Craig Stevens, 53, checks his messages while he waits along the side of Venture Way on the edge of Tent City for his ride to pick him up for work early in the morning on Friday, Sept. 30, 2022. Stevens, who has been homeless since 2018, currently lives in the Hope House and works 60 hours a week for a contractor. Credit: Linda Coan O'Kresik / BDN

Craig Stevens waited for a ride to work on Friday during a cold September morning, just as he does most days, smoking a cigarette and watching the sunrise. He stood by the side of the road on the fringes of “Tent City,” the growing homeless encampment on Bangor’s west side.

Stevens, 53, has worked in various trade jobs throughout Maine since he was 18. He currently works 60 hours a week for a contractor building a $1 million home in Mariaville, but he has been homeless for the past four years.

He has watched the region’s homeless population, particularly within Tent City, explode in that time.

“This is ridiculous. It was never this way,” Stevens said.

“I used to come up here for solace. In the four years I’ve been around, this has transformed exponentially in a bad way. I’m not saying these people are bad people, but some have real issues and they don’t see a light at the end of the tunnel. All hope is lost.”

Craig Stevens walks along Venture Way in Bangor to catch his ride to work on Friday, Sept. 30, 2022. Credit: Linda Coan O’Kresik / BDN

Born in Fort Kent, Stevens grew up in Portage Lake and spent most of his life in northern Maine. He earned his GED in 1987 and began working at a lumber mill after his high school girlfriend became pregnant when he was 18.

He has worked continuously since then, bouncing between lumber mills and railroad companies, until he was laid off in 2013 following the derailment and explosion of a 72-car crude oil freight train in Lac-Megantic, Quebec, a disaster that killed 47 people.

“Things went south after that,” Stevens said. “I was drinking too much, and money was tight, and everything fell apart.”

He came to Bangor to live and work with his son for a while until he was able to live in transitional housing in Orrington with a girlfriend. That ended in 2018 when his relationship dissolved and he lost his job after coming to work intoxicated.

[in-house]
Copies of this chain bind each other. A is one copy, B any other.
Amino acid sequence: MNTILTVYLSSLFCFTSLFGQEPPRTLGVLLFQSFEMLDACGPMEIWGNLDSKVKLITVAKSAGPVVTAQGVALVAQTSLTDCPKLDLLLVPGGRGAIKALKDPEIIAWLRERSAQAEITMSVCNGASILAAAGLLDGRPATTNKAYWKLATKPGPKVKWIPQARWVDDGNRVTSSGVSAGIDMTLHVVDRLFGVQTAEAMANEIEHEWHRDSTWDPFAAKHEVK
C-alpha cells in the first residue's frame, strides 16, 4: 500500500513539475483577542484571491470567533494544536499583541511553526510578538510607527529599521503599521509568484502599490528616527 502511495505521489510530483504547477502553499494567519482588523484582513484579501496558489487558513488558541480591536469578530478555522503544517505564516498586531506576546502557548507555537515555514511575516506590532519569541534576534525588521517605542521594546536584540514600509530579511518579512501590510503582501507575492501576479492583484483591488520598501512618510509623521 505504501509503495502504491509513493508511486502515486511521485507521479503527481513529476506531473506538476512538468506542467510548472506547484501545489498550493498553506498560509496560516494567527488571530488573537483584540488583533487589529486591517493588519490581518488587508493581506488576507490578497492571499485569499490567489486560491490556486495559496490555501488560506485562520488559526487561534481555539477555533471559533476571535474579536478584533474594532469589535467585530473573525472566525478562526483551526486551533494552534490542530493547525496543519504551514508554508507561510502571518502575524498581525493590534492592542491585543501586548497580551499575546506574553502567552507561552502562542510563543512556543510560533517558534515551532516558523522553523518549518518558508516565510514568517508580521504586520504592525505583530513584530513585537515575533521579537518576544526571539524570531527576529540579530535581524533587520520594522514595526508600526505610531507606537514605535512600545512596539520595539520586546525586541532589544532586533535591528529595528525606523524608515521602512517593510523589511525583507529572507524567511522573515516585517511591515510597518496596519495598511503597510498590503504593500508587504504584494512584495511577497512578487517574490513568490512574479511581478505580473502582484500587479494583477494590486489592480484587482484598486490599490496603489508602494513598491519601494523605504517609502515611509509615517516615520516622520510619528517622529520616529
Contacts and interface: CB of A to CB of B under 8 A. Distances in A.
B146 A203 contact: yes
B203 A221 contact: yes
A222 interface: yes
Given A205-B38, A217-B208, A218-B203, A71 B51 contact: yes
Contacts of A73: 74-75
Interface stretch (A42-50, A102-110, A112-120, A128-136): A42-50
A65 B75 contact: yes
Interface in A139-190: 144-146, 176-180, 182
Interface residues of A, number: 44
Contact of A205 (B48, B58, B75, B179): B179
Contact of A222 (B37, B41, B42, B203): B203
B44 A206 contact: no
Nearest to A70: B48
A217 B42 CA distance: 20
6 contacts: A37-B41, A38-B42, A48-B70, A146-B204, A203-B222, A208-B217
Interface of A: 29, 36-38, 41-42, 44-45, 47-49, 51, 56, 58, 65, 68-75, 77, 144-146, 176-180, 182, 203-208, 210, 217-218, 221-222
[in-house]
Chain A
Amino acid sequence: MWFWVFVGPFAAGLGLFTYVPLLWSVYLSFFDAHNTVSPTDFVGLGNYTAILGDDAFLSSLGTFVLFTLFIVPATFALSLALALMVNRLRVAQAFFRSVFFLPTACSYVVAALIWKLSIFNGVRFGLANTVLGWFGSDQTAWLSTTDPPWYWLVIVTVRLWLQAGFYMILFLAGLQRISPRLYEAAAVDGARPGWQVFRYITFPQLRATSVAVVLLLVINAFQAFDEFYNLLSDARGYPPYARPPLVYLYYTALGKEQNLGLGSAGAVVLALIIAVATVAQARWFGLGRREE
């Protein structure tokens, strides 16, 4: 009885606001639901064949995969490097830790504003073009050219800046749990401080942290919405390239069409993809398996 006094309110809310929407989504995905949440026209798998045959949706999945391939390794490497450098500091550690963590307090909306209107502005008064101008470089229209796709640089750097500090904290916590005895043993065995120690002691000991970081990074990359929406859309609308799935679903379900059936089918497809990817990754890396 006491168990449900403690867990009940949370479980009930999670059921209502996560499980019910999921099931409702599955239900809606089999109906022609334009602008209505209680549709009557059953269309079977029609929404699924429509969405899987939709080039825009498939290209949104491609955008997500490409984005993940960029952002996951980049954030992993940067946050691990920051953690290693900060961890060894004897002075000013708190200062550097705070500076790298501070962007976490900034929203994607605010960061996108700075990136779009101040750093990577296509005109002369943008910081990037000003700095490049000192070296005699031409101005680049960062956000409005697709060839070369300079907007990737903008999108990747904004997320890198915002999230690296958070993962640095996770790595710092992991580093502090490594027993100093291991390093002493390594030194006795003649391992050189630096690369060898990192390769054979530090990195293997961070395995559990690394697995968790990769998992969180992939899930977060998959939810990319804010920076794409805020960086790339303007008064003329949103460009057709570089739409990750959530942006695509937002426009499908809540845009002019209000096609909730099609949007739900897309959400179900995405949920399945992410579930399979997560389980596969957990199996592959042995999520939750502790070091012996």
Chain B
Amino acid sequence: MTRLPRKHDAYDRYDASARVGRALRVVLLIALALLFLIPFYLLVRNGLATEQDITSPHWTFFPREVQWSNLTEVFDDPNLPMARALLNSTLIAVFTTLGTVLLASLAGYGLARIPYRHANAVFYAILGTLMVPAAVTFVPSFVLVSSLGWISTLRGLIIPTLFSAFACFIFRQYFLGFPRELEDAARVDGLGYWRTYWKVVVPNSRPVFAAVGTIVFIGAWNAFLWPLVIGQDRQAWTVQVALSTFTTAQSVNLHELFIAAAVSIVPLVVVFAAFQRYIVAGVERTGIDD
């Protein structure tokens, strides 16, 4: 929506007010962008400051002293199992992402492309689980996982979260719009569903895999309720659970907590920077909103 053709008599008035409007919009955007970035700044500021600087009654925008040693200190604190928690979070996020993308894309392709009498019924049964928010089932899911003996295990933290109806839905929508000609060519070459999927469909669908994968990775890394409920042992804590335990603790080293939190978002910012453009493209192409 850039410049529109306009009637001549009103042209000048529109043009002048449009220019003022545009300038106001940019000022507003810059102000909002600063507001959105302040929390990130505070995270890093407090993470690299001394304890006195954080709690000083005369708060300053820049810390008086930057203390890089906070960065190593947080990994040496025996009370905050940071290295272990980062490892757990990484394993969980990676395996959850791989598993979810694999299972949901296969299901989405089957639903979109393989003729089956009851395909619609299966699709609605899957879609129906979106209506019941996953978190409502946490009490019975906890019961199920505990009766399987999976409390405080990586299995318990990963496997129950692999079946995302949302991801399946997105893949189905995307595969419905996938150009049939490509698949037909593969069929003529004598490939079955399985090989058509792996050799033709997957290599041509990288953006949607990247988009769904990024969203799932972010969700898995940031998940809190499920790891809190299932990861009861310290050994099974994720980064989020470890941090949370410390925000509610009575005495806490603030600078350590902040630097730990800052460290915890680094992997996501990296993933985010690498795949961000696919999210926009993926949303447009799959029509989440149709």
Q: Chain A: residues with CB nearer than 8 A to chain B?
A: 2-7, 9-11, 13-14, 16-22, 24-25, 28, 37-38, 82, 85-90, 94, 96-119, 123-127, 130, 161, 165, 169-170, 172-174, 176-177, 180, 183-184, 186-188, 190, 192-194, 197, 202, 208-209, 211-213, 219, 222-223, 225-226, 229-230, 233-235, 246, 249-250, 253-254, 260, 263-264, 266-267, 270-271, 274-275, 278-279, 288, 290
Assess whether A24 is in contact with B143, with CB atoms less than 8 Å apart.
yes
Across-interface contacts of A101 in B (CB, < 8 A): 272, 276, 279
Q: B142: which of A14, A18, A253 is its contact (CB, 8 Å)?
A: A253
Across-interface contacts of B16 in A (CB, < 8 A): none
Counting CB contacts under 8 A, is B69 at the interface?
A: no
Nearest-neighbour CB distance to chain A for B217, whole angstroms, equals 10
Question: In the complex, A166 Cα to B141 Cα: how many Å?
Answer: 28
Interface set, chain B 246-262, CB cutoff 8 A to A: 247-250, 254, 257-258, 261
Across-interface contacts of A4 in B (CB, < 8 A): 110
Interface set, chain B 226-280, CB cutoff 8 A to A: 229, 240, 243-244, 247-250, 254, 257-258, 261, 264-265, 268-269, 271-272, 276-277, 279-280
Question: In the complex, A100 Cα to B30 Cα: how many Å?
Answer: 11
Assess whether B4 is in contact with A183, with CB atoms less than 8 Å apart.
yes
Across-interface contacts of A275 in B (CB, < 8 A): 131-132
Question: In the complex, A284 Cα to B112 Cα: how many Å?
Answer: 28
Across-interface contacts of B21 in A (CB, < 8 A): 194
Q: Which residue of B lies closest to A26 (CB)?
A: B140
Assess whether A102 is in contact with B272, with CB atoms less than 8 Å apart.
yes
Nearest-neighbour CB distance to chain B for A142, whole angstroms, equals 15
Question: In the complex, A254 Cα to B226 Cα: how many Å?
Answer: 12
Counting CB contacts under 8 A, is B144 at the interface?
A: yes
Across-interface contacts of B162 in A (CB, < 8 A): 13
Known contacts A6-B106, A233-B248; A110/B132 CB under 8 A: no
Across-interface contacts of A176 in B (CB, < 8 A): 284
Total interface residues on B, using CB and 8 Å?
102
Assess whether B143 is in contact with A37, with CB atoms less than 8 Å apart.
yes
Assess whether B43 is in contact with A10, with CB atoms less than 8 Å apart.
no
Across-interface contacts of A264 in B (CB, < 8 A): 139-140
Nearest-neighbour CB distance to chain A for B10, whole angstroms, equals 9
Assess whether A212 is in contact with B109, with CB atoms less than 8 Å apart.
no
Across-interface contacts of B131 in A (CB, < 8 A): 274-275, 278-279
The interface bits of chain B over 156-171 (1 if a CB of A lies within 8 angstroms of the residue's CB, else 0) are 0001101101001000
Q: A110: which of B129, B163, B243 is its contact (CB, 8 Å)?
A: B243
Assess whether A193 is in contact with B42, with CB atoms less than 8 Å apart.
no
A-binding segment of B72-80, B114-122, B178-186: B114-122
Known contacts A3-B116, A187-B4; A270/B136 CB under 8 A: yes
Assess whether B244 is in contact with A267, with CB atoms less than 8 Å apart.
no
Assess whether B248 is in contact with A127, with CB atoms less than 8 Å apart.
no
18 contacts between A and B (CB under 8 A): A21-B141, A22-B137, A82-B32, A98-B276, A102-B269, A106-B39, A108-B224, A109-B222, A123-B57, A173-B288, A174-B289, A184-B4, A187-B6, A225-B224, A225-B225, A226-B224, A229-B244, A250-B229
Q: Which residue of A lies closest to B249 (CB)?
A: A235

He then came to Tent City.

He set up his tent apart from others until he noticed his things disappearing when he went to work. So he decided to live in the Hope House shelter just down the hill, where he now spends each night in a dorm with four others. There, he has access to a bathroom and shower and he’s able to secure his belongings.

“Nothing disappears, and that means everything, because I can go to work and know with confidence that everything will be there when I get back,” Stevens said. “When I get transitional housing I’ll be happier because I’ll have a door, lock and my own room. I can acquire things and never have to worry about leaving.”

While he makes about $700 each week in his job, Stevens said that work can be unsteady. He doesn’t know what project he’ll work on next and what the hours or pay will be.

Despite making an income, Stevens said it’s difficult to save money for housing when he has to buy all three of his meals. He misses breakfast and dinner at the Hope House because he’s at work when they’re served, and the facility doesn’t save food for people who miss meals. Residents also can’t bring in outside food or cook in the facility.

“It costs a lot to eat on the run,” he said.

Working 12 hours each day also makes it difficult for him to connect with services in Bangor that could help him look for apartments or access transitional housing and other resources.

“I can’t be on the phone all day,” he said. “It’s hard to build a house with a phone in your hand, and I don’t take days off because I committed to my boss. It’s harder for a working person to get help.”

Stevens said his dream is to save enough money to get a home and visit his daughter — one of his four children and two grandchildren — in Washington state.

“I’ve worked my whole life and raised a family since I was 18,” he said. “I’d like to go see a few things I’ve never seen.”

Though he spends his nights at the Hope House, Stevens said he’d like to see conditions change in Tent City, where he spends most of his free time with friends Jody and Cherie Mackin.

The Mackins live in a part of Tent City they refer to as “the suburbs,” as it’s the portion where residents who don’t use drugs congregate. The residents in the area also pride themselves on keeping their sites tidy and clean.

The larger portion of Tent City where people who use drugs live is on the other side of the main dirt road that snakes through the encampment. Stevens and the Mackins refer to that road as the Mason-Dixon Line.

Stevens said there needs to be a larger effort to help unhoused people access mental health support and recovery services.

Craig Stevens waits for his ride to work early in the morning on Friday, Sept. 30, 2022. Credit: Linda Coan O’Kresik / BDN

Additionally, Stevens said, many living in Tent City have outstanding warrants for offenses such as unpaid fines. Allowing people to expunge those warrants by completing community service such as cleaning up Tent City, he said, would help improve the area’s sanitation while allowing people to free themselves of the fear they’ll go to jail anytime the police arrive.

Stevens also wants others to better understand what it’s like to be homeless.

“I think everybody should experience homelessness for a year,” Stevens said. “It costs a lot more than people think it does, and it can happen to anyone. It’s not a choice, and it’s a public health issue.”

Kathleen O'Brien is a reporter covering the Bangor area. Born and raised in Portland, she joined the Bangor Daily News in 2022 after working as a Bath-area reporter at The Times Record. She graduated from...